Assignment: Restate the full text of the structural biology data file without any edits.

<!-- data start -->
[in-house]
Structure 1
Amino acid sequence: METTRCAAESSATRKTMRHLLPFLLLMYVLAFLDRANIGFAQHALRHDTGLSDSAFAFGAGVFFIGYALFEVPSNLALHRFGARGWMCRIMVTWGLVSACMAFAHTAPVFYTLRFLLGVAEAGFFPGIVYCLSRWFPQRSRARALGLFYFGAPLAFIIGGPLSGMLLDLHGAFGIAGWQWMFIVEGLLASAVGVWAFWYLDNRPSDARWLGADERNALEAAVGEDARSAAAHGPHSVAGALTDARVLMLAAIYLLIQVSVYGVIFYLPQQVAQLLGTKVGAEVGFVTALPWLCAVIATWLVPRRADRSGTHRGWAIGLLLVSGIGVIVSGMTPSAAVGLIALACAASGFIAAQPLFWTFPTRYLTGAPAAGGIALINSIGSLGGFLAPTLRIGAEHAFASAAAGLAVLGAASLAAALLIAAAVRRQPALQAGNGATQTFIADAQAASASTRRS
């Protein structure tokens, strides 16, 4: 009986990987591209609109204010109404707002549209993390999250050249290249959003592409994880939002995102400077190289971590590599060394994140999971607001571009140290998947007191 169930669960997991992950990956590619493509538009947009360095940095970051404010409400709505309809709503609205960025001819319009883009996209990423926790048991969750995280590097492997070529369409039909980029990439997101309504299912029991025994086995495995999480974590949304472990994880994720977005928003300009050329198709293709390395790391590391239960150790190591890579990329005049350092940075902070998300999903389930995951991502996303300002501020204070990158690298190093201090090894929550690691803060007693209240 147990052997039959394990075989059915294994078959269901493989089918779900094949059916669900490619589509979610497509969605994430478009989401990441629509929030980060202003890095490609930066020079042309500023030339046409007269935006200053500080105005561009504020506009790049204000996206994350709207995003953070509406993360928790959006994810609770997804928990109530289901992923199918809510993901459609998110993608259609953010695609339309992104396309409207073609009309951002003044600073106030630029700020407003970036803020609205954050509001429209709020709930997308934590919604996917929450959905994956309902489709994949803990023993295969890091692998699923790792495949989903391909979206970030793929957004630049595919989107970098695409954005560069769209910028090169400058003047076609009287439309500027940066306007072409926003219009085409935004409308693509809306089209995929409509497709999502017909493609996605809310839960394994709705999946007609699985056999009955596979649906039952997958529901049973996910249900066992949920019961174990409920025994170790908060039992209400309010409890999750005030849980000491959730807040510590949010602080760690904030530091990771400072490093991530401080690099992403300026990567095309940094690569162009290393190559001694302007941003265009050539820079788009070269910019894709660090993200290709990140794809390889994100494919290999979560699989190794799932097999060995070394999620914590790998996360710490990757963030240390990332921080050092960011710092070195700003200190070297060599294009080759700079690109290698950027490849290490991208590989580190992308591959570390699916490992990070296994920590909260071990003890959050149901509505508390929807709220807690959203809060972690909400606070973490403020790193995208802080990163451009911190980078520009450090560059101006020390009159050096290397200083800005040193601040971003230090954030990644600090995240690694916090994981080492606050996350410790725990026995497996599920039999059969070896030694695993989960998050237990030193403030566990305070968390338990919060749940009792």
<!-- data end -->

[in-house]
Structure 1
Amino acid sequence: METTRCAAESSATRKTMRHLLPFLLLMYVLAFLDRANIGFAQHALRHDTGLSDSAFAFGAGVFFIGYALFEVPSNLALHRFGARGWMCRIMVTWGLVSACMAFAHTAPVFYTLRFLLGVAEAGFFPGIVYCLSRWFPQRSRARALGLFYFGAPLAFIIGGPLSGMLLDLHGAFGIAGWQWMFIVEGLLASAVGVWAFWYLDNRPSDARWLGADERNALEAAVGEDARSAAAHGPHSVAGALTDARVLMLAAIYLLIQVSVYGVIFYLPQQVAQLLGTKVGAEVGFVTALPWLCAVIATWLVPRRADRSGTHRGWAIGLLLVSGIGVIVSGMTPSAAVGLIALACAASGFIAAQPLFWTFPTRYLTGAPAAGGIALINSIGSLGGFLAPTLRIGAEHAFASAAAGLAVLGAASLAAALLIAAAVRRQPALQAGNGATQTFIADAQAASASTRRS
């Protein structure tokens, strides 16, 4: 009986990987591209609109204010109404707002549209993390999250050249290249959003592409994880939002995102400077190289971590590599060394994140999971607001571009140290998947007191 169930669960997991992950990956590619493509538009947009360095940095970051404010409400709505309809709503609205960025001819319009883009996209990423926790048991969750995280590097492997070529369409039909980029990439997101309504299912029991025994086995495995999480974590949304472990994880994720977005928003300009050329198709293709390395790391590391239960150790190591890579990329005049350092940075902070998300999903389930995951991502996303300002501020204070990158690298190093201090090894929550690691803060007693209240 147990052997039959394990075989059915294994078959269901493989089918779900094949059916669900490619589509979610497509969605994430478009989401990441629509929030980060202003890095490609930066020079042309500023030339046409007269935006200053500080105005561009504020506009790049204000996206994350709207995003953070509406993360928790959006994810609770997804928990109530289901992923199918809510993901459609998110993608259609953010695609339309992104396309409207073609009309951002003044600073106030630029700020407003970036803020609205954050509001429209709020709930997308934590919604996917929450959905994956309902489709994949803990023993295969890091692998699923790792495949989903391909979206970030793929957004630049595919989107970098695409954005560069769209910028090169400058003047076609009287439309500027940066306007072409926003219009085409935004409308693509809306089209995929409509497709999502017909493609996605809310839960394994709705999946007609699985056999009955596979649906039952997958529901049973996910249900066992949920019961174990409920025994170790908060039992209400309010409890999750005030849980000491959730807040510590949010602080760690904030530091990771400072490093991530401080690099992403300026990567095309940094690569162009290393190559001694302007941003265009050539820079788009070269910019894709660090993200290709990140794809390889994100494919290999979560699989190794799932097999060995070394999620914590790998996360710490990757963030240390990332921080050092960011710092070195700003200190070297060599294009080759700079690109290698950027490849290490991208590989580190992308591959570390699916490992990070296994920590909260071990003890959050149901509505508390929807709220807690959203809060972690909400606070973490403020790193995208802080990163451009911190980078520009450090560059101006020390009159050096290397200083800005040193601040971003230090954030990644600090995240690694916090994981080492606050996350410790725990026995497996599920039999059969070896030694695993989960998050237990030193403030566990305070968390338990919060749940009792």